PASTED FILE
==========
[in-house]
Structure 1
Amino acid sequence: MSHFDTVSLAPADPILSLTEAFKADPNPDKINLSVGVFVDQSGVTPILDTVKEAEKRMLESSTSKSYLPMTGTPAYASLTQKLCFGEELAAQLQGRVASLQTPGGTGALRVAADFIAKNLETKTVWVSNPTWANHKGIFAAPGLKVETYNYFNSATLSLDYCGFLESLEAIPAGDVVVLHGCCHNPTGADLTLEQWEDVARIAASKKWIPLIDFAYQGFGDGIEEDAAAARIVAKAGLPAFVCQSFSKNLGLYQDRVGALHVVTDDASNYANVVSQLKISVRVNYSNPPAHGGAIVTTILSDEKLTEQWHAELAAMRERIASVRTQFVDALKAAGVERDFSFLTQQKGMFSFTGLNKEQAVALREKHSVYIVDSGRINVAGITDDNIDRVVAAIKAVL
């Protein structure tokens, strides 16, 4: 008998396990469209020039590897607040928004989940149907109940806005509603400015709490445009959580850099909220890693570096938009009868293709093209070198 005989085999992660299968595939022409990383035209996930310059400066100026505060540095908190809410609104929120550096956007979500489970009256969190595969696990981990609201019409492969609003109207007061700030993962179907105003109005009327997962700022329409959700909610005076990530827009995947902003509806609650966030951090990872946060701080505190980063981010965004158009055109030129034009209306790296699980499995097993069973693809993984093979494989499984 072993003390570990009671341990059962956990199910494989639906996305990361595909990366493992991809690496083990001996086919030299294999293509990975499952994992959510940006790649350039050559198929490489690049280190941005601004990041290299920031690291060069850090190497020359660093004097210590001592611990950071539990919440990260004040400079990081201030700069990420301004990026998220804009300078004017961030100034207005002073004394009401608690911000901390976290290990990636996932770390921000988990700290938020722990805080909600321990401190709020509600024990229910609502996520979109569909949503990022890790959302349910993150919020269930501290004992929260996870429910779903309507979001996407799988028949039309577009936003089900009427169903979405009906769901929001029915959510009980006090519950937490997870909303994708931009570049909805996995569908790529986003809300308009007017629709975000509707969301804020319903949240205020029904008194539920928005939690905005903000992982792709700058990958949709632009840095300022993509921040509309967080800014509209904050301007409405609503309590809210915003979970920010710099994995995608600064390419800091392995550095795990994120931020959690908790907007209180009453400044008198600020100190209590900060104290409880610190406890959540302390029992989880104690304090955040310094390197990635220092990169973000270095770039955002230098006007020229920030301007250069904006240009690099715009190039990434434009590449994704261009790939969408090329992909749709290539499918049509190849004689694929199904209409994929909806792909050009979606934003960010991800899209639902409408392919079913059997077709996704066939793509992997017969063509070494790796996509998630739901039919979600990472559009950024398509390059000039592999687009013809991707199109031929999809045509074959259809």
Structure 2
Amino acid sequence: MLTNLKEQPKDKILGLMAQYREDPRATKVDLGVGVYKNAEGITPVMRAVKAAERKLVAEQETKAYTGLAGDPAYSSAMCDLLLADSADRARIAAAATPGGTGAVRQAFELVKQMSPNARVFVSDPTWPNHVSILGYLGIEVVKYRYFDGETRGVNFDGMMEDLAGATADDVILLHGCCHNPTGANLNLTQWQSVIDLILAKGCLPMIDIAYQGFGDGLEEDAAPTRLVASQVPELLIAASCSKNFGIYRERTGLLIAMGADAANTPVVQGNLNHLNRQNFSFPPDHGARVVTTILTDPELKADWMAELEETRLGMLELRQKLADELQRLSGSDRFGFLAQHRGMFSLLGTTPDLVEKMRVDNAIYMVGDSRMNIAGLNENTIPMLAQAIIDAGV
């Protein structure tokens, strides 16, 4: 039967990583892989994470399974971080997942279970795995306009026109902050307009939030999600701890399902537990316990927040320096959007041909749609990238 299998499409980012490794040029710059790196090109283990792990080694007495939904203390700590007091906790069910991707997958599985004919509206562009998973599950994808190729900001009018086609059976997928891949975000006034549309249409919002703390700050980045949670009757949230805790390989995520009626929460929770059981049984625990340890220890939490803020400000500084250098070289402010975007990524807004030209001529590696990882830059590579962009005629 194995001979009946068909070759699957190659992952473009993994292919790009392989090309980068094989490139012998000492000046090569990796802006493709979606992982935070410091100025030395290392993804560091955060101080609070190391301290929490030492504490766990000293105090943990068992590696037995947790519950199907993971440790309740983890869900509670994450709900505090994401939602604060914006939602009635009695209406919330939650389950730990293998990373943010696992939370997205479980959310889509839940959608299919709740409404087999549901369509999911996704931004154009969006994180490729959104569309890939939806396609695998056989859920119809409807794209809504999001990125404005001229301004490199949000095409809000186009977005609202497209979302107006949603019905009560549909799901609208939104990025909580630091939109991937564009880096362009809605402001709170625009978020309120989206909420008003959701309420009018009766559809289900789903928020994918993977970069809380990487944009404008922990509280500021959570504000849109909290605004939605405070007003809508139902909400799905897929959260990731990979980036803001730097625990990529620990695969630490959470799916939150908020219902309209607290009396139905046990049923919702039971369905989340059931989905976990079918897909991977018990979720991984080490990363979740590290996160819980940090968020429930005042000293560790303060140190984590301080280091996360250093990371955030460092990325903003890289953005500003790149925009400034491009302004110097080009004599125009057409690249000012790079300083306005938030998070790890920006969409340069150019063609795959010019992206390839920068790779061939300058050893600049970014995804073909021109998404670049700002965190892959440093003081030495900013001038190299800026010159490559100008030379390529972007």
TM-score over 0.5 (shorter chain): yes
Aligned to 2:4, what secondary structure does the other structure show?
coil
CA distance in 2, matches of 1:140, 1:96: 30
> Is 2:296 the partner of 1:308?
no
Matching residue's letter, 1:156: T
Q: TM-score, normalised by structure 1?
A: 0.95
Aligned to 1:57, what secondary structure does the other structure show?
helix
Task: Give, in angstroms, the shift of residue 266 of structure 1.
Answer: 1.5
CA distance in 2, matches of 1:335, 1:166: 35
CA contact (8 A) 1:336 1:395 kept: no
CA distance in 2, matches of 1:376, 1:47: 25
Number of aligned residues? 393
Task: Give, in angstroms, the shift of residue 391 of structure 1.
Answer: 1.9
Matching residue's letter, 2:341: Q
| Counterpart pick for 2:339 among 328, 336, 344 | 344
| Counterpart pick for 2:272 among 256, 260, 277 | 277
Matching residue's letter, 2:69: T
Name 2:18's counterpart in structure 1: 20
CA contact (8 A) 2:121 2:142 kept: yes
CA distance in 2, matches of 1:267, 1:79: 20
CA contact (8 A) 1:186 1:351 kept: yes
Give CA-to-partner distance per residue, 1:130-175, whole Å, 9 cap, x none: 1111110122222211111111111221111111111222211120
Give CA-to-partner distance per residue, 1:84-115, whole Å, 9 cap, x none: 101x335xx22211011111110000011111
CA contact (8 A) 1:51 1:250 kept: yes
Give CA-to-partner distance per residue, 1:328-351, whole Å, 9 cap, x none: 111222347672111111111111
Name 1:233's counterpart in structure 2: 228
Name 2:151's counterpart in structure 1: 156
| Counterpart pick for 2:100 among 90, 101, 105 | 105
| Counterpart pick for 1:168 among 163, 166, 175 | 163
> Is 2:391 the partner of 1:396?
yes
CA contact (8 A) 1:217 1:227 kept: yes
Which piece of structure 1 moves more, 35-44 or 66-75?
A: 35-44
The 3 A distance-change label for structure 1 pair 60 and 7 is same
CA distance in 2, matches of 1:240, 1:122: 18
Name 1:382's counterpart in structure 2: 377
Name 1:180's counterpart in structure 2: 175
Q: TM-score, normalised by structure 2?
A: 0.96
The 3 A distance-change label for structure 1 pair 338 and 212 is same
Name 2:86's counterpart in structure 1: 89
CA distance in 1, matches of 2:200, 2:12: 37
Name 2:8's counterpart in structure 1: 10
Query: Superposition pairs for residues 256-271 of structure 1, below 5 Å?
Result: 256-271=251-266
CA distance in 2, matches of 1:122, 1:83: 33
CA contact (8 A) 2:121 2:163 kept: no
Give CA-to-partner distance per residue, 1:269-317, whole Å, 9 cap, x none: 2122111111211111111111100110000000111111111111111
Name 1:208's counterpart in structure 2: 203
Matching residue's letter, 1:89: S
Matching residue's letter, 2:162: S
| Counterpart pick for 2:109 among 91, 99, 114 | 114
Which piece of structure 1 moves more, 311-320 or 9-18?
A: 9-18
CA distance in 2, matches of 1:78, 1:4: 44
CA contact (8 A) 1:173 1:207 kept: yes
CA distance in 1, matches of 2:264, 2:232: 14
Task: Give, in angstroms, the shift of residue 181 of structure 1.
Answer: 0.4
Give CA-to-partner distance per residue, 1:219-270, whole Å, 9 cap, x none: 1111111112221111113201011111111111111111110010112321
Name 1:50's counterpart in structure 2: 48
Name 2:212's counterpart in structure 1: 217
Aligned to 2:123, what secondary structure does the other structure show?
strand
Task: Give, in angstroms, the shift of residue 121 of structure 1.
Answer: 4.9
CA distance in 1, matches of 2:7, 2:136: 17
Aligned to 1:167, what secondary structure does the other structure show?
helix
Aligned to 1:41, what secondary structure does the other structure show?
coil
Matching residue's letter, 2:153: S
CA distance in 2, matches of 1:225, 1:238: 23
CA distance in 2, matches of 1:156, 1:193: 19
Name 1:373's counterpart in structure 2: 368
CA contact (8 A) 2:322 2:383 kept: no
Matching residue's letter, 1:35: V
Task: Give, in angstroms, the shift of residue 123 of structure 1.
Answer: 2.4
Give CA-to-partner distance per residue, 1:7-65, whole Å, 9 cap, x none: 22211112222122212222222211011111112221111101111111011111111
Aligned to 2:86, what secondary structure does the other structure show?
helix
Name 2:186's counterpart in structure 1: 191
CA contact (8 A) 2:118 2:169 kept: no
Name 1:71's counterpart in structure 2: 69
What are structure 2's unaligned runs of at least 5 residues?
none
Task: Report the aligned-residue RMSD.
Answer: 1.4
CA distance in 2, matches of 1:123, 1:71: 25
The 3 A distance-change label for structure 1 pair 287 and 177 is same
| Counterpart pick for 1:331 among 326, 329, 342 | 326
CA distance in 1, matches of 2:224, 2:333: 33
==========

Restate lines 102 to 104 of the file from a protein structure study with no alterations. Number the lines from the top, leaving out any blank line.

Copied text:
Task: Report the aligned-residue RMSD.
Answer: 1.4
CA distance in 2, matches of 1:123, 1:71: 25